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The Scientific World Journal

Volume 2014, Article ID 543610, 7 pages

http://dx.doi.org/10.1155/2014/543610
Research Article

A New Solution to the Matrix Equation

School of Mathematical Sciences, University of Jinan, Jinan 250022, China

Received 16 April 2014; Accepted 28 June 2014; Published 15 July 2014

Academic Editor: Kaleem R. Kazmi

Copyright © 2014 Caiqin Song. This is an open access article distributed under the Creative Commons Attribution License, which permits unrestricted use, distribution, and reproduction in any medium, provided the original work is properly cited.

Abstract

We investigate the matrix equation . For convenience, the matrix equation is named as Kalman-Yakubovich-conjugate matrix equation. The explicit solution is constructed when the above matrix equation has unique solution. And this solution is stated as a polynomial of coefficient matrices of the matrix equation. Moreover, the explicit solution is also expressed by the symmetric operator matrix, controllability matrix, and observability matrix. The proposed approach does not require the coefficient matrices to be in arbitrary canonical form. At the end of this paper, the numerical example is shown to illustrate the effectiveness of the proposed method.

1. Introduction

Throughout this paper, we use and to denote the real number field and the complex number field. We use , , , and to denote transpose, conjugate, conjugate transpose, and the adjoint matrix of , respectively. and are the sets of characteristic eigenvalues of matrices and , respectively. is represented as appropriate dimension identity matrix. Moreover, for , , and , we have the following notations: In this case, , , , and are named as the controllability matrix, the observability matrix, and a symmetric operator matrix, respectively.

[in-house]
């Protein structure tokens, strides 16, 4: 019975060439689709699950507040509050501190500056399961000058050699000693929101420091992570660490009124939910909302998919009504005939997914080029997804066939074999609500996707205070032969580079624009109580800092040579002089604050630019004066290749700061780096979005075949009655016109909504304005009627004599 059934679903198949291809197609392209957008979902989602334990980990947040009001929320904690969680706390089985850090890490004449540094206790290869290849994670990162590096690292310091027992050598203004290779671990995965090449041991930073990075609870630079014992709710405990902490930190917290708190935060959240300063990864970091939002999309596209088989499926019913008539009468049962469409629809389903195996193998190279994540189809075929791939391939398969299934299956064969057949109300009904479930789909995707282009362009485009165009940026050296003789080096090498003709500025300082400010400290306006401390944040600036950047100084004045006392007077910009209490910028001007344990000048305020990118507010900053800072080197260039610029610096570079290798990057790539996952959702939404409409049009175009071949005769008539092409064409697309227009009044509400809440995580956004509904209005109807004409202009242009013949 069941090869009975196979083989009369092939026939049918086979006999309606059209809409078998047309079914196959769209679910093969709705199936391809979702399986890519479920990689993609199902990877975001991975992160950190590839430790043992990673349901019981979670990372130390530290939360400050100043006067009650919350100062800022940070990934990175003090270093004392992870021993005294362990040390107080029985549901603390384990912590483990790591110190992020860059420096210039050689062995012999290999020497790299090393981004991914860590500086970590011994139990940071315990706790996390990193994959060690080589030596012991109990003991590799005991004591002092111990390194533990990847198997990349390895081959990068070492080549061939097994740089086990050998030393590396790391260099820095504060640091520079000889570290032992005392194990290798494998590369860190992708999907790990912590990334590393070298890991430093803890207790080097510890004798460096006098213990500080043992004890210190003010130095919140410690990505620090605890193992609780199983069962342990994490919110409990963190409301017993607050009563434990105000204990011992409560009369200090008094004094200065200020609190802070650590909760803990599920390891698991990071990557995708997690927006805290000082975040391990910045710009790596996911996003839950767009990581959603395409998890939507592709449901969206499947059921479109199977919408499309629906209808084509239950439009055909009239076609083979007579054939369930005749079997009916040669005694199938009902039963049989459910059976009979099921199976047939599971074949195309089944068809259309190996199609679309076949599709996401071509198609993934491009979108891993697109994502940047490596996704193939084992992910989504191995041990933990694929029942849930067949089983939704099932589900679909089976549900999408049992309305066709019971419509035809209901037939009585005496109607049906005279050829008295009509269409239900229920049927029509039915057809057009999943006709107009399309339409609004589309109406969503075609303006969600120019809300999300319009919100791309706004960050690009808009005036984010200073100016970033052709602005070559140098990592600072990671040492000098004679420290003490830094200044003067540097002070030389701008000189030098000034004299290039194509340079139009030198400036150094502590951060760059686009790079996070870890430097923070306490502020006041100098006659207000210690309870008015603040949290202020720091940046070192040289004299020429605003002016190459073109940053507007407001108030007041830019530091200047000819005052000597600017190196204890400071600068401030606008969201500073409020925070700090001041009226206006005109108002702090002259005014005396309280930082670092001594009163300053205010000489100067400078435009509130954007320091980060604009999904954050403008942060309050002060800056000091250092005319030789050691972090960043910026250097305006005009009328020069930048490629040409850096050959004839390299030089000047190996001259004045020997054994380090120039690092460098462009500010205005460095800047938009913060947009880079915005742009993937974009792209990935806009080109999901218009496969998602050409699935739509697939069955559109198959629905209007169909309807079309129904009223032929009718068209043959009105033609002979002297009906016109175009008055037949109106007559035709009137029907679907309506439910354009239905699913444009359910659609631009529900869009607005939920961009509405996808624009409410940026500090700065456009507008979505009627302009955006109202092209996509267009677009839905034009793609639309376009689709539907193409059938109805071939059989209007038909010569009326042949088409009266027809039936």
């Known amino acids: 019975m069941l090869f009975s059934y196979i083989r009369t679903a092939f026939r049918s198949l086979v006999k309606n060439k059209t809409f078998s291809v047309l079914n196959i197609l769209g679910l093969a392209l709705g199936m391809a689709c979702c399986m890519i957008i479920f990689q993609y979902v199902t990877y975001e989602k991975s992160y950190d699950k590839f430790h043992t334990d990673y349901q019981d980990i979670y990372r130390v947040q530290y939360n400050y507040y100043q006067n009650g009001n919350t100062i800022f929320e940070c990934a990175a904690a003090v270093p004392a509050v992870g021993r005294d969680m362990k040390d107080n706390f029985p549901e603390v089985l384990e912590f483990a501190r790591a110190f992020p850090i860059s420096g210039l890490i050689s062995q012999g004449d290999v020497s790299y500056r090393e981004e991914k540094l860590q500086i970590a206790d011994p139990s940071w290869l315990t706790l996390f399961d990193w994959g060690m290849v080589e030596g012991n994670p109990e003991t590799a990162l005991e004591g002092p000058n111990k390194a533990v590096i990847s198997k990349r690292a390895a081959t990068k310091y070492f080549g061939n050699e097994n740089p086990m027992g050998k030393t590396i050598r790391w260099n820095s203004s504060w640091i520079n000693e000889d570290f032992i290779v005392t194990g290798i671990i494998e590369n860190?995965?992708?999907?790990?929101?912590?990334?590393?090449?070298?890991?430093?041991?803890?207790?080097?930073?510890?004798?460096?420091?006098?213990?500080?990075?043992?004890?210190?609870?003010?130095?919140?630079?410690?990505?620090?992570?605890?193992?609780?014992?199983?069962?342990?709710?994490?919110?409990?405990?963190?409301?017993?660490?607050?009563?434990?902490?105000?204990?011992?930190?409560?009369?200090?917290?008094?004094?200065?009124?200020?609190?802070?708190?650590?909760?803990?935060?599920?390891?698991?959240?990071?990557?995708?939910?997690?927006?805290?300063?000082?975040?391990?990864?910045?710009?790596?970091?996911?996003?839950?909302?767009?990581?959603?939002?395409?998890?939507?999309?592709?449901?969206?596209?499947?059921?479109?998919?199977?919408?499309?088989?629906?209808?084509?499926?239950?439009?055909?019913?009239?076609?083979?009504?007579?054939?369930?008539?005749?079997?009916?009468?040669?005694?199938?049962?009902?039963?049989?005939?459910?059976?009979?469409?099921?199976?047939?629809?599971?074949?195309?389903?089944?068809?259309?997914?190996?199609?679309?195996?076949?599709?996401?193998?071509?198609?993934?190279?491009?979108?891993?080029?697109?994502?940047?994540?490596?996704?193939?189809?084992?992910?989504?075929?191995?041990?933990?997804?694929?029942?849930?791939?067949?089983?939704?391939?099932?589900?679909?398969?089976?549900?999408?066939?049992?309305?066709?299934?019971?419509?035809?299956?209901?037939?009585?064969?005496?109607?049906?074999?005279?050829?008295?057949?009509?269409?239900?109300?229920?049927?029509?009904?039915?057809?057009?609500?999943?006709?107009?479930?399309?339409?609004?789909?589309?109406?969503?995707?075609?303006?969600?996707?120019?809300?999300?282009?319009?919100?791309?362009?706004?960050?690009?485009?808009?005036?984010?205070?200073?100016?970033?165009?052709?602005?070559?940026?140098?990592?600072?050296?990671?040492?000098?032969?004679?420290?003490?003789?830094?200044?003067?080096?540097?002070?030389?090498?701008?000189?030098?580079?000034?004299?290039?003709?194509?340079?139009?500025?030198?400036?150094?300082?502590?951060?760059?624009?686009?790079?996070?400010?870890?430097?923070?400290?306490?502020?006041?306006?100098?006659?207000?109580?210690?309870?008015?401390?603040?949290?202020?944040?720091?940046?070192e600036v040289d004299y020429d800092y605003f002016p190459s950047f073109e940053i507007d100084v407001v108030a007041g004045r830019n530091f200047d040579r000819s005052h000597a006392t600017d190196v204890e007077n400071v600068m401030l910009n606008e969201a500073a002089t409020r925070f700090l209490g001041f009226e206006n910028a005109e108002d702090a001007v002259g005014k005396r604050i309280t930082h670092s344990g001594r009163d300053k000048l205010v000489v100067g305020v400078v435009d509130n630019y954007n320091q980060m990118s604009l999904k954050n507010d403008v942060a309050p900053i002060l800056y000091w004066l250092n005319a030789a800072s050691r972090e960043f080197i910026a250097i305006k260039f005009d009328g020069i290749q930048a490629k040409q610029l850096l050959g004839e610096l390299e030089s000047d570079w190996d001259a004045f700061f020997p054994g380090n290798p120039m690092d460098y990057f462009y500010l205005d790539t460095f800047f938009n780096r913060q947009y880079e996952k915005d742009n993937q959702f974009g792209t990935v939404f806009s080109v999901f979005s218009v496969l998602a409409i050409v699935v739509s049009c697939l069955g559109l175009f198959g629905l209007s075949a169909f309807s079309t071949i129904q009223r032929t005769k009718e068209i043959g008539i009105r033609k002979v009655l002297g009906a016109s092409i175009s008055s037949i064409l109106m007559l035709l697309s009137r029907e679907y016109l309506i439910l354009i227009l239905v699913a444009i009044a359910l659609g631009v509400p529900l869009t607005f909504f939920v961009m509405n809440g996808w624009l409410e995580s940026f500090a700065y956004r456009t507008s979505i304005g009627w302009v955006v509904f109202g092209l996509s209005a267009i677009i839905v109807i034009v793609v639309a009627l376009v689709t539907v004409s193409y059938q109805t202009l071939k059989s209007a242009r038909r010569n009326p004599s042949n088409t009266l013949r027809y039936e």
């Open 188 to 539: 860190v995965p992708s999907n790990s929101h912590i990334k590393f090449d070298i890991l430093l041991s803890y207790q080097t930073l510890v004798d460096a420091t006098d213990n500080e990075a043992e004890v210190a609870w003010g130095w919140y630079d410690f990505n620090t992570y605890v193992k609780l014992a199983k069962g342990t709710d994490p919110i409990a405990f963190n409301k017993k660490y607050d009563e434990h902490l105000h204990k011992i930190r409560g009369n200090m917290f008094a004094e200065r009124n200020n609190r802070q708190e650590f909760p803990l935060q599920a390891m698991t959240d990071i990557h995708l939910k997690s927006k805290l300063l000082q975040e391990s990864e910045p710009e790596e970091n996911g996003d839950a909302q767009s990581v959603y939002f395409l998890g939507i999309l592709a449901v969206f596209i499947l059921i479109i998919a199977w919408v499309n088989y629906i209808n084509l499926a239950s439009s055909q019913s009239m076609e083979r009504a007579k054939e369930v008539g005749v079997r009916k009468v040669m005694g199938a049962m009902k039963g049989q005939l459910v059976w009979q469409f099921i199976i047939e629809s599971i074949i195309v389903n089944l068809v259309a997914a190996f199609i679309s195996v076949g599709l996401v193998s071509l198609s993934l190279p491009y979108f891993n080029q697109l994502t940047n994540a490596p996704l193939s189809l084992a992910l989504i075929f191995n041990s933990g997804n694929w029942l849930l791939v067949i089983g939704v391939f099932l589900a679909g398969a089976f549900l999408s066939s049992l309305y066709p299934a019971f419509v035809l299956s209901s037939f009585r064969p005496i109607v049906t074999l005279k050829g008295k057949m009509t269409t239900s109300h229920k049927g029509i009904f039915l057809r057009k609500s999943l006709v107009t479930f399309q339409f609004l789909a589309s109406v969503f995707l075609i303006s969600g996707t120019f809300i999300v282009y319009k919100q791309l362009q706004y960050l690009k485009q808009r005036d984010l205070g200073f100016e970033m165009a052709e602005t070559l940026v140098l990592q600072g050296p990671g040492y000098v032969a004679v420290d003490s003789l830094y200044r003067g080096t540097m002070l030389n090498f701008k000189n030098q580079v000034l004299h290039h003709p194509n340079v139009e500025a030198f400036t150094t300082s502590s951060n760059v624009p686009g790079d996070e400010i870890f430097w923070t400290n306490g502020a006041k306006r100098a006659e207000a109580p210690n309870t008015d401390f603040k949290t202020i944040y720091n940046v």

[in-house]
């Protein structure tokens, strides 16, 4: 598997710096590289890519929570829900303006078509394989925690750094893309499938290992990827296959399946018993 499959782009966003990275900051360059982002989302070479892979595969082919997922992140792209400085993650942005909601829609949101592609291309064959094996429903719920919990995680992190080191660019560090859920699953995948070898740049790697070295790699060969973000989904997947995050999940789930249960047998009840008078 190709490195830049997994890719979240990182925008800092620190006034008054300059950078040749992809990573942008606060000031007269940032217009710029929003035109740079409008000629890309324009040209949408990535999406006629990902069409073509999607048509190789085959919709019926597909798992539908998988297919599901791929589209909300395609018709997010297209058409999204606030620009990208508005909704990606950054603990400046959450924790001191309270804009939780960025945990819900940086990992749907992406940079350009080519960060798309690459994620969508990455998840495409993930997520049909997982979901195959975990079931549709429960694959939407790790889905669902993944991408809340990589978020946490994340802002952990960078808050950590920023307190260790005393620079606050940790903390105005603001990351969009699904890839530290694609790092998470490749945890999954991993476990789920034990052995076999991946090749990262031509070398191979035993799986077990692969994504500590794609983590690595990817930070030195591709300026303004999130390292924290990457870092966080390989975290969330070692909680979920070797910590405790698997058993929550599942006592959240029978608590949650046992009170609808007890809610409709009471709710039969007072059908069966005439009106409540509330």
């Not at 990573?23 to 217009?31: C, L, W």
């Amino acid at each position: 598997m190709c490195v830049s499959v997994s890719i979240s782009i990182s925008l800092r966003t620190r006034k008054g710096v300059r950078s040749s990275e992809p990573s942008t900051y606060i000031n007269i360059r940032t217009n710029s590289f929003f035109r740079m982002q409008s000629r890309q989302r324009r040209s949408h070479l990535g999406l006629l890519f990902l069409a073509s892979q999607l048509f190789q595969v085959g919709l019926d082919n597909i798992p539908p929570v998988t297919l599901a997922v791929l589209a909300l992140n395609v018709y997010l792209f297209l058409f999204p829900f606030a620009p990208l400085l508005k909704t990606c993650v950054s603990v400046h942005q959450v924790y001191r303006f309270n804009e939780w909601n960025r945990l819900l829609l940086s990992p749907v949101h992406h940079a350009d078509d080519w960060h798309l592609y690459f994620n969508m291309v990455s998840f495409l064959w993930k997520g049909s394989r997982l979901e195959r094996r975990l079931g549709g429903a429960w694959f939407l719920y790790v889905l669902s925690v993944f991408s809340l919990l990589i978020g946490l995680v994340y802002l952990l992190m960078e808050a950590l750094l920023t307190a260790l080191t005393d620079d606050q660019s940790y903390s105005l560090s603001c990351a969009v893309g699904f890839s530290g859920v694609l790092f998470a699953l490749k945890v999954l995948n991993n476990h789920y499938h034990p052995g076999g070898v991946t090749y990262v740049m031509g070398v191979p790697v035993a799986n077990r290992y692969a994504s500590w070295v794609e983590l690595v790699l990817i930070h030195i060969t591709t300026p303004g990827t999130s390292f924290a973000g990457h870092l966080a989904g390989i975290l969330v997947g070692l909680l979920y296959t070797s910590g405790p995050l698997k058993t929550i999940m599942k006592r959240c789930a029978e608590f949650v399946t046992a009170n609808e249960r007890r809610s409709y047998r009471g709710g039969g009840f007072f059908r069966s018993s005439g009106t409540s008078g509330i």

Matrix equations are often encountered in system theory and control theory, such as Lyapunov matrix equation, Sylvester matrix equation, and so on. The traditional method is that we convert this kind of matrix equations into their equivalent forms by using the Kronecker product, however, which involves the inversion of the associated large matrix and results in increasing computation and excessive computer memory. In the field of matrix algebra, some complex matrix equations have attached much attention from many researchers since it is shown in [1]. In [2, 3], the consistence of the matrix equation is related to the consimilarity of two partitioned matrices associated with the matrices , , and . In the preceding matrix equation, denotes the matrix obtained by taking the complex conjugate of each element of . Recently, in [4] some explicit expressions of the solution to the matrix equation were established by means of real representation of a complex matrix, and it is shown that there exists a unique solution if and only if and have no common eigenvalues. Yuan and Liao [5] investigated the least squares solution of the quaternion -conjugate matrix equation (where denotes the -conjugate of quaternion matrix ) with the least norm using the complex representation of a quaternion matrix, the Kronecker product of the matrices and the Moore-Penrose generalized inverse. The authors in [6] considered the matrix nearness problem associated with the quaternion matrix equation   by means of the CCD-Q, GSVD-Q, and the projection theorem in the finite dimensional inner product space. In [7, 8], the solutions to matrix equations and have been expressed in terms of the characteristic polynomial of the matrix . Song and Chen [9, 10] established the explicit solutions of the quaternion matrix equations and , where denote the -conjugate of the quaternion matrix. Wang et al. in [1113] investigated the extreme ranks of the solutions to the quaternion matrix equations and , respectively, the equivalence canonical form of a matrix triplet over an arbitrary division ring, solvable condition for a pair of generalized Sylvester equations, and so on. Moreover, other matrix equations such as the coupled Sylvester matrix equations and the Riccati equations have also found numerous applications in control theory. For more related introduction, see [1419] and the references therein.